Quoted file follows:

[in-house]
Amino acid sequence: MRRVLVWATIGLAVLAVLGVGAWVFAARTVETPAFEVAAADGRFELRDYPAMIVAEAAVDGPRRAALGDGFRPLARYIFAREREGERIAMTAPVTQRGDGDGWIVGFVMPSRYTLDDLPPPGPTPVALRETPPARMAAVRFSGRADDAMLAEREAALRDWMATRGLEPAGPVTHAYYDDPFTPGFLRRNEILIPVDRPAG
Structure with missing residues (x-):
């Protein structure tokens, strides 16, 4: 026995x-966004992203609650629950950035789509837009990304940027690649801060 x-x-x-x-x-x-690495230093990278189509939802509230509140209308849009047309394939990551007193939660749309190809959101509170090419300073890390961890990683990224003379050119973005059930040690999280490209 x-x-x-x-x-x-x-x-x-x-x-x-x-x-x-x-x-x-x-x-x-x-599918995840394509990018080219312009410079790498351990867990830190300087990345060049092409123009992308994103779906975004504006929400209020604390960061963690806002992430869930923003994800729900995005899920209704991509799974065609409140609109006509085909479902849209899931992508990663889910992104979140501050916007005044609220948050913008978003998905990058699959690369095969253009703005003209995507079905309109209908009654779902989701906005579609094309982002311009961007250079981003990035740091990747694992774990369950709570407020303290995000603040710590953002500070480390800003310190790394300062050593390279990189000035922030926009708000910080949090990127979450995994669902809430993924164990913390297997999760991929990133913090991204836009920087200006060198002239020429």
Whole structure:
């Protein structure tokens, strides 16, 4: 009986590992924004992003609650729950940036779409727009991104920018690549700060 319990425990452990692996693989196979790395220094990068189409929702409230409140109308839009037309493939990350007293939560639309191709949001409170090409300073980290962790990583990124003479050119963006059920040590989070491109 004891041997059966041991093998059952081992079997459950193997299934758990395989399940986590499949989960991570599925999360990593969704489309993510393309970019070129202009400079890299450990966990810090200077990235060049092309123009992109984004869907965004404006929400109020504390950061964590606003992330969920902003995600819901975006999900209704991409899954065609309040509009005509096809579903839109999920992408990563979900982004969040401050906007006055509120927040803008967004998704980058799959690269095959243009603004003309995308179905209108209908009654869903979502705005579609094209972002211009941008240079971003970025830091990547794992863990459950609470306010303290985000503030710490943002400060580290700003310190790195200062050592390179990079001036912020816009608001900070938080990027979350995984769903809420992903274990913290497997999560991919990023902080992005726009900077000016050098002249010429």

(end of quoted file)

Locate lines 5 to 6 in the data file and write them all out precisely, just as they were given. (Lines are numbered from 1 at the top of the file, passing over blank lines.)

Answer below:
Whole structure:
């Protein structure tokens, strides 16, 4: 009986590992924004992003609650729950940036779409727009991104920018690549700060 319990425990452990692996693989196979790395220094990068189409929702409230409140109308839009037309493939990350007293939560639309191709949001409170090409300073980290962790990583990124003479050119963006059920040590989070491109 004891041997059966041991093998059952081992079997459950193997299934758990395989399940986590499949989960991570599925999360990593969704489309993510393309970019070129202009400079890299450990966990810090200077990235060049092309123009992109984004869907965004404006929400109020504390950061964590606003992330969920902003995600819901975006999900209704991409899954065609309040509009005509096809579903839109999920992408990563979900982004969040401050906007006055509120927040803008967004998704980058799959690269095959243009603004003309995308179905209108209908009654869903979502705005579609094209972002211009941008240079971003970025830091990547794992863990459950609470306010303290985000503030710490943002400060580290700003310190790195200062050592390179990079001036912020816009608001900070938080990027979350995984769903809420992903274990913290497997999560991919990023902080992005726009900077000016050098002249010429």